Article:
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    How to prepare to conduct a classroom observation

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    I would like to do an observation with a teacher. From an instructor's standpoint, can you please help me answer the following questions, as if you were the student doing the observation so that I can see what exactly I need to be pay attention to when I complete my observation. I need assistance preparing an outline of what I need to include in my paper; this includes making observations, taking notes regarding instructional strategies and techniques, assessment techniques, classroom management and arrangement, and behavioral strategies. The paper has to include:

    1. Teacher background (educational level and number of years of teaching experience)
    2. Subject area and grade level
    3. Description of lesson content
    4. Types of instructional methods
    5. Behavior management techniques
    6. Instructional strategies
    7. Assessment strategies

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    Solution Preview

    In your outline, make sure to generally identify the topic of the paper, list all of your observations together logically and sequentially (using separate paragraphs for each), and offer a conclusion that does not simply bring the paper to a close: at this point you should be able to generally respond, without repeating specific examples, as to why you felt this teacher was (or was not) a positive "role model." Interacting with the lesson on a personal level allows your instructor know that you were not just observing, but internalizing. (The professor may already have mentioned this, but if I were writing the paper, or reading such a paper, this would be a solid conclusion that I would want to see.)

    #3 - Description of lesson content - The first two points on your list are easily addressed, so I'll skip to #3. In your observation, you should be taking clear notes that you can utilize when you start to organize your paper. Ahead of time, you can do two things to help make your assignment more manageable. First, if you have access to a tape recorder, you could ask the teacher for his/her permission to tape the lesson. If the teacher feels uncomfortable with this, or you don't have the recorder, then make sure your notes will be clear enough to understand later. The information that you collect is central to your paper and to the key observations you will be discussing. The more you have to work with, the better. The second thing is to ask the teacher ahead of time for any handouts he/she will be referring to or distributing. If you have those in front of you, the lesson will make more sense and you can save yourself time with note-taking by making margin notes on the handouts. In essence, anything the teacher is already using will allow you to read them ahead of time so that you can seamlessly step into the lesson midstream and know where the students are. (You can also make little notes of questions to ask the teacher after the observation, for clarification you may need.)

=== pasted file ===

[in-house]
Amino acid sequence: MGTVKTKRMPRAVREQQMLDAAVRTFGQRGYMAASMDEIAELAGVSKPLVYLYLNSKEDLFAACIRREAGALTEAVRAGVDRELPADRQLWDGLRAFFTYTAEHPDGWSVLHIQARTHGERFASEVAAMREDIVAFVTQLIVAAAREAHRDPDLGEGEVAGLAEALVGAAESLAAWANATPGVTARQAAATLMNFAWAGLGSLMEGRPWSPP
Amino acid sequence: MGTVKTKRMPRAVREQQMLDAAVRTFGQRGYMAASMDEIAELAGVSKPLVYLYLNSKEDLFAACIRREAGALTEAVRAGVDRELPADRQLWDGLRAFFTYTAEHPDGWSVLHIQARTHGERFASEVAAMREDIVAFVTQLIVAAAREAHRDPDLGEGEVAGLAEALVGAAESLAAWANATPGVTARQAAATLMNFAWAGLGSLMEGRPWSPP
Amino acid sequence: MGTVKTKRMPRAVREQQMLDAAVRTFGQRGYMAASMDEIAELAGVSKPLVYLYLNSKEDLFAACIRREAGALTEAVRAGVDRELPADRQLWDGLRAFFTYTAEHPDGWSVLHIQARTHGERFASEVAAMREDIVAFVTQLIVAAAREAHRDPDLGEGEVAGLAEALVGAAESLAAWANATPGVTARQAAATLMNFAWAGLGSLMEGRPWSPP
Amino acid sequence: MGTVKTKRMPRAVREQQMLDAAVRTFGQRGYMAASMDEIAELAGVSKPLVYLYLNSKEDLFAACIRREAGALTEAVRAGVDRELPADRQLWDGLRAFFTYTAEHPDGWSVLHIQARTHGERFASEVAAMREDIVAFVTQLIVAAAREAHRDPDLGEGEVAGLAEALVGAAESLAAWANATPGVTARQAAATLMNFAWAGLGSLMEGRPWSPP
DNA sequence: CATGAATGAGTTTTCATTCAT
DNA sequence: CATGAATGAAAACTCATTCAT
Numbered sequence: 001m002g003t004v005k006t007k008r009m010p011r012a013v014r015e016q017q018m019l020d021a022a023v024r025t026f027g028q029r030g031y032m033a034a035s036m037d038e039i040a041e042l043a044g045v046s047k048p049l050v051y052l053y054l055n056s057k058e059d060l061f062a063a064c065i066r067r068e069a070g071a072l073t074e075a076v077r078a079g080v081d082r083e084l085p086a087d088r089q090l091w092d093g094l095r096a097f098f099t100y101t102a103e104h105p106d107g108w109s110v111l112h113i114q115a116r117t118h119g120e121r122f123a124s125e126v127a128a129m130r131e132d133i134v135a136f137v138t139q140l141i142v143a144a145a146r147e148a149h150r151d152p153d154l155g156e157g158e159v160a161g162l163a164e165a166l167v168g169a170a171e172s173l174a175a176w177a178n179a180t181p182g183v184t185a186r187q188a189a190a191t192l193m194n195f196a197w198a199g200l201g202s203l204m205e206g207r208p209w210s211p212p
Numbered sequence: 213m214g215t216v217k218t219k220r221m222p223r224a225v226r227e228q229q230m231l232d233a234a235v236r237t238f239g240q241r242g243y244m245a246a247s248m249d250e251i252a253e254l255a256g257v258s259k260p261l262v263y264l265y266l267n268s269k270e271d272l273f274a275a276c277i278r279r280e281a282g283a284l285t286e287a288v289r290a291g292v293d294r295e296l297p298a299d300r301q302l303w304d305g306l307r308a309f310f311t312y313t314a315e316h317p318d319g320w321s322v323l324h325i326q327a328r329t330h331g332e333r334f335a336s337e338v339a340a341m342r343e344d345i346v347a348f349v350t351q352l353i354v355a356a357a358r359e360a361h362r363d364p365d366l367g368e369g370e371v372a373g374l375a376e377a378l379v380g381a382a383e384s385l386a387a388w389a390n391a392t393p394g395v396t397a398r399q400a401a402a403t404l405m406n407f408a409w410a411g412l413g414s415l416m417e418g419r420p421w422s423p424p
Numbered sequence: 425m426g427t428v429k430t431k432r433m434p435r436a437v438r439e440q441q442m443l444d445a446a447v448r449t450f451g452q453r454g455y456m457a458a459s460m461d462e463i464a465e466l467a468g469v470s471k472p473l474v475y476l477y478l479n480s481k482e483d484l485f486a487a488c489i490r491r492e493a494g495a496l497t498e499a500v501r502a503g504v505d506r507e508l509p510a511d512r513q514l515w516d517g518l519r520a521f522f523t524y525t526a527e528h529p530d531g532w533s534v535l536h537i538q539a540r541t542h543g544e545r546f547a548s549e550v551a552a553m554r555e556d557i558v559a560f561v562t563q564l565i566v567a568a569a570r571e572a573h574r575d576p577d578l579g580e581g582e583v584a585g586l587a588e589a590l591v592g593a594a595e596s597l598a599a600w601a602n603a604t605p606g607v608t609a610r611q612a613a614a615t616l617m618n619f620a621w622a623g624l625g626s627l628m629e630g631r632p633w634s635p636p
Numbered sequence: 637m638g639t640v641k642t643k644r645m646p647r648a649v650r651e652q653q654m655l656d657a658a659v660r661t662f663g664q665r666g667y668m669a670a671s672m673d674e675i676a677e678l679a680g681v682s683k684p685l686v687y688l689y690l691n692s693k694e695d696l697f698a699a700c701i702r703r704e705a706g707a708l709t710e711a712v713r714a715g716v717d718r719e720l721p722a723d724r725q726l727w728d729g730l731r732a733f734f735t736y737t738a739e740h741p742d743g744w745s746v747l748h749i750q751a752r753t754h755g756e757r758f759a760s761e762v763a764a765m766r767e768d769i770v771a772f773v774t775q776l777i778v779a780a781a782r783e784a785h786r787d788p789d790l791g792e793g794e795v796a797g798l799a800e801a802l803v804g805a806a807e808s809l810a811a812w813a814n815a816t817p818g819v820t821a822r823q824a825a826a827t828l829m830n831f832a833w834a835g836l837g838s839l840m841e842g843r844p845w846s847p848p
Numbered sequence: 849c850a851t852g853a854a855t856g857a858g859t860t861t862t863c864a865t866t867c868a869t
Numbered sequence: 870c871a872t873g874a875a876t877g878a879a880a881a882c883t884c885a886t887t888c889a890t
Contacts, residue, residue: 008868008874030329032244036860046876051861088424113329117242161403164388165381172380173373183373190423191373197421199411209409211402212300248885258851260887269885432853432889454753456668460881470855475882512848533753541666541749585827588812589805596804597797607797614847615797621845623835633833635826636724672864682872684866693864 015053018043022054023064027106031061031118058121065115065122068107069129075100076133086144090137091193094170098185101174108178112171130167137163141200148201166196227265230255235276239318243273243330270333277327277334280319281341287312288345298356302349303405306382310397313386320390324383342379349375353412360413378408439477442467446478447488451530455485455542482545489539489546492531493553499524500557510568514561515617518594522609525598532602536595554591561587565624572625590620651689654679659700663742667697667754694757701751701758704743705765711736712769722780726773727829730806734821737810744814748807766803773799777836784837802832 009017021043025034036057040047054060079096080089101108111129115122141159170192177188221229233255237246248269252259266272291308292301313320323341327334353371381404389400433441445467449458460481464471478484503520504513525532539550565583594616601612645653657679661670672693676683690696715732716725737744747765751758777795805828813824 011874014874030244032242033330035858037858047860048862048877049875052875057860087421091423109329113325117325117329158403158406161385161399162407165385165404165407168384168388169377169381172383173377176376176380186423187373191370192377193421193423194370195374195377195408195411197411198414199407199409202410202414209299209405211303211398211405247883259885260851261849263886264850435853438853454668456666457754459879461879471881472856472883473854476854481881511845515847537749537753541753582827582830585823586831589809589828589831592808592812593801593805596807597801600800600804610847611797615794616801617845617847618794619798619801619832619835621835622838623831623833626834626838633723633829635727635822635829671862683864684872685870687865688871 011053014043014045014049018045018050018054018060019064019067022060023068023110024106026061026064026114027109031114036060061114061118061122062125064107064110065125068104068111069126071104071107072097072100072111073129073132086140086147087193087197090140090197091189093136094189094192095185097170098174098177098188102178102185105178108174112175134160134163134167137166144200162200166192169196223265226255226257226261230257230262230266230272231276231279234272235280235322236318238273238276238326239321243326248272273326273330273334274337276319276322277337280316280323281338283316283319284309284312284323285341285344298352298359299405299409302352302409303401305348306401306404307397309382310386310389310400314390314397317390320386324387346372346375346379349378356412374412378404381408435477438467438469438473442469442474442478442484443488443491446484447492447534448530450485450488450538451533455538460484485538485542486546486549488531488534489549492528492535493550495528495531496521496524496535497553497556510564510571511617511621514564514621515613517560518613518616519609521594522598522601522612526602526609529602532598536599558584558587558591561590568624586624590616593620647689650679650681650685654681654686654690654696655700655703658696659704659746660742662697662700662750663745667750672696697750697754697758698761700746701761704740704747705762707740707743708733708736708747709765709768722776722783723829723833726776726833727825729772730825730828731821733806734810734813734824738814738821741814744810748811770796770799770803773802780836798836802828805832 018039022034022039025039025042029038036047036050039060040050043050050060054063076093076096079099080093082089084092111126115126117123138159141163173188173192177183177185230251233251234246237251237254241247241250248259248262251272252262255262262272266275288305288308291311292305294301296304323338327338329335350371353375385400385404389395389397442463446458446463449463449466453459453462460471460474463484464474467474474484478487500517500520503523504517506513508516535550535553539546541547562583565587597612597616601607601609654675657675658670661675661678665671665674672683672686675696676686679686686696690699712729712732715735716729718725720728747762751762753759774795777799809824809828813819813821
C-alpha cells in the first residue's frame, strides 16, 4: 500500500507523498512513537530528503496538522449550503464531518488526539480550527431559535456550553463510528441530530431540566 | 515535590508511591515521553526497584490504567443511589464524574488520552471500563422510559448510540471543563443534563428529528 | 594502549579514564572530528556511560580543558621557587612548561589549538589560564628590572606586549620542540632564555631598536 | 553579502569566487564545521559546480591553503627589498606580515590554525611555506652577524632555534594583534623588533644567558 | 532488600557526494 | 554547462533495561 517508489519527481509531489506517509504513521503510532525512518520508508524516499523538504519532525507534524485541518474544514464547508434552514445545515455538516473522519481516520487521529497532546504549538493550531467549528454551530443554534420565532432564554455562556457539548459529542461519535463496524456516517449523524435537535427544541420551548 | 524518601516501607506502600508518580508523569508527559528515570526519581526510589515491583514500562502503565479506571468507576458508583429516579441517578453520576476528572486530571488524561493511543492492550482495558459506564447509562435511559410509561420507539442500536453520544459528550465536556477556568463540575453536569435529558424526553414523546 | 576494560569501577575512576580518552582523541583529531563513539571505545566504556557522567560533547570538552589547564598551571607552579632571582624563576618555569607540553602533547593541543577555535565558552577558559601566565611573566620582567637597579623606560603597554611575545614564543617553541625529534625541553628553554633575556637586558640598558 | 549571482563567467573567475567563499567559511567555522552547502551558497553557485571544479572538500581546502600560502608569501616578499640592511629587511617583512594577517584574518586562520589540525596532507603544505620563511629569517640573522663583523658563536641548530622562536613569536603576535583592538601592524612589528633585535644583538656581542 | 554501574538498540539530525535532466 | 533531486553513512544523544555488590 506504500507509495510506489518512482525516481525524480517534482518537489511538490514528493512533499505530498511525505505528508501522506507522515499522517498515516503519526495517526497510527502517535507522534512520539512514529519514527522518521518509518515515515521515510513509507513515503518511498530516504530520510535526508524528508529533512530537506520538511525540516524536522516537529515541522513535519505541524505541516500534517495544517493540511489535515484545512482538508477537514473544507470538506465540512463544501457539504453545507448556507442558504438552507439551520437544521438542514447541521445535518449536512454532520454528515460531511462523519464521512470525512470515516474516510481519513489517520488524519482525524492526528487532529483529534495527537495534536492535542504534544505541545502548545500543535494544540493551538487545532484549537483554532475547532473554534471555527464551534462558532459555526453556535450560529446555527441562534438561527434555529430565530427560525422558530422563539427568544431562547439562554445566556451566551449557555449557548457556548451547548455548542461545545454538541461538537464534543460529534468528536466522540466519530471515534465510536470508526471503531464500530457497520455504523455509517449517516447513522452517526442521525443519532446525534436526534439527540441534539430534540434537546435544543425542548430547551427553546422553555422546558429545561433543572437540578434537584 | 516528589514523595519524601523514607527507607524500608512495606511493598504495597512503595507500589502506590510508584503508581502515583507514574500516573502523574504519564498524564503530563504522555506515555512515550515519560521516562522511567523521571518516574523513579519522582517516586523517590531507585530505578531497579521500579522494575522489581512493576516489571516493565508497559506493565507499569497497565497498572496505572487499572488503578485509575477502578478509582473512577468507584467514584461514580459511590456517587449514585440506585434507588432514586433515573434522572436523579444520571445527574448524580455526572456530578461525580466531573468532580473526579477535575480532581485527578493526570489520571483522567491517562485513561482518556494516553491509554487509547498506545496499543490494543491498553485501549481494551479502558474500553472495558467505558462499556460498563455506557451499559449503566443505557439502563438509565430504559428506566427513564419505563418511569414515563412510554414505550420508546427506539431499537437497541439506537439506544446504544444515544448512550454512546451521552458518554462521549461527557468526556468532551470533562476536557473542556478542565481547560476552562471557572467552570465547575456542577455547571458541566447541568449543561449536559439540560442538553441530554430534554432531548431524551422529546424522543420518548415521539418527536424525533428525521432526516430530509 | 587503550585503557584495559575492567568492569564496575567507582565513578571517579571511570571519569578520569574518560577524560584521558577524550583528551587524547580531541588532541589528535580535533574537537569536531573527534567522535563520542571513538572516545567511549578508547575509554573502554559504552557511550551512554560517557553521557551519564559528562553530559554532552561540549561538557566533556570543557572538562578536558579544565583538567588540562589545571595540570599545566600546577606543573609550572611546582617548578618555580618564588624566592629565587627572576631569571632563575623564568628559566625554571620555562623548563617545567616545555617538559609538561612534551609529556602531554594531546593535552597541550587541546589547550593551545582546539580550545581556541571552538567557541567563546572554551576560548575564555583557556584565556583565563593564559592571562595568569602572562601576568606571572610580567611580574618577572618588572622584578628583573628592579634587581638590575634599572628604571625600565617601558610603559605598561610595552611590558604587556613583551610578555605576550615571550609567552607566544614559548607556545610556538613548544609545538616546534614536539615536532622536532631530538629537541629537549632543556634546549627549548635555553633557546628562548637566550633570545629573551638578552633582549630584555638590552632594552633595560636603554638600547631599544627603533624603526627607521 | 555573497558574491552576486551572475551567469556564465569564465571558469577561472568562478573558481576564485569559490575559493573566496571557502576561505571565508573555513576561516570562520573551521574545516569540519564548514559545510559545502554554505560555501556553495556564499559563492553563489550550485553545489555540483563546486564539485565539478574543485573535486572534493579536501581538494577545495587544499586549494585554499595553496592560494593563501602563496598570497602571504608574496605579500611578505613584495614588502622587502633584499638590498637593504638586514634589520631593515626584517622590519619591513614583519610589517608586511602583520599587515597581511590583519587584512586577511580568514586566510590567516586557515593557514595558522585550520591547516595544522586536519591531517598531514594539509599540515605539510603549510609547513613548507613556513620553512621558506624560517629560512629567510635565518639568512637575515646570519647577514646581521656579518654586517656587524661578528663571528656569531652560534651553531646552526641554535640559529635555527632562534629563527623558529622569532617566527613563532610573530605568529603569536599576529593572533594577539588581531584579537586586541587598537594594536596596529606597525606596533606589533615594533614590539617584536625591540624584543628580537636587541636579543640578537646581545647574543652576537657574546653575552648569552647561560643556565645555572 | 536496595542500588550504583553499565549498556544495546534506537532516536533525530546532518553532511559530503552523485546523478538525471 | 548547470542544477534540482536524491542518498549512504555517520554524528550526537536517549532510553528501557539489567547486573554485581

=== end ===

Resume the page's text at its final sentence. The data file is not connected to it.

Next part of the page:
When you write up the description of the lesson content, use a chronological order from when the actual lesson began to its conclusion. This will focus on the lesson's key points in terms of the content, based upon the curriculum he/she is covering. Try not to lose focus and start writing about other issues (e.g., instructional methods or strategies). It will be tempting, but for your professor's ease in following your "report," stick to the guidelines he has provided, in that order.

    Before entering the class to observe, make sure to review types of instructional methods you have learned ahead of time. You might also want to have a little "cheat sheet" next to you so that you can quickly refer to it when you notice the teacher using a particular method. (If you see something new, make note of it for future reference, and feel free to ask the teacher about it later.) In this section, I would be paying attention to what is used and what is missed, commenting on both if you feel something was left out or you had difficulty seeing it. If you missed it, the kids did too. For example, I expect you might be looking for what used to be called the "anticipatory set," which is establishing background information that the student needs for maximum comprehension of new information being presented. This would be in the "Before" section of the B-D-A format. Is the teacher relying on information that was presented earlier in the lesson, or general information the student is expected to bring with him/her from life or last year's class? Does the teacher guarantee in some way that each student has this? If he expects, for example, that the student know something about the Declaration of Independence so that he can, today, discuss major areas of disagreement for the Continental Congress, does the teacher begin by generally reminding students about the document, its purpose and general background?

    If there is a student new to his district or class, that youngster may not know what everyone else was taught previously. If the teacher ...

    Solution Summary

    For education/teaching majors: when preparing to observe a teacher in the classroom, there are a sequence of steps one should take in order to make the most of the experience. It is important to be prepared ahead of time and remain focused during the actual observation. In following some simple steps, it will be easier to prepare the written observation. Besides fulfilling a required piece of coursework, this observation can also serve later as a resource when moving into the classroom for student teaching, classroom management, etc.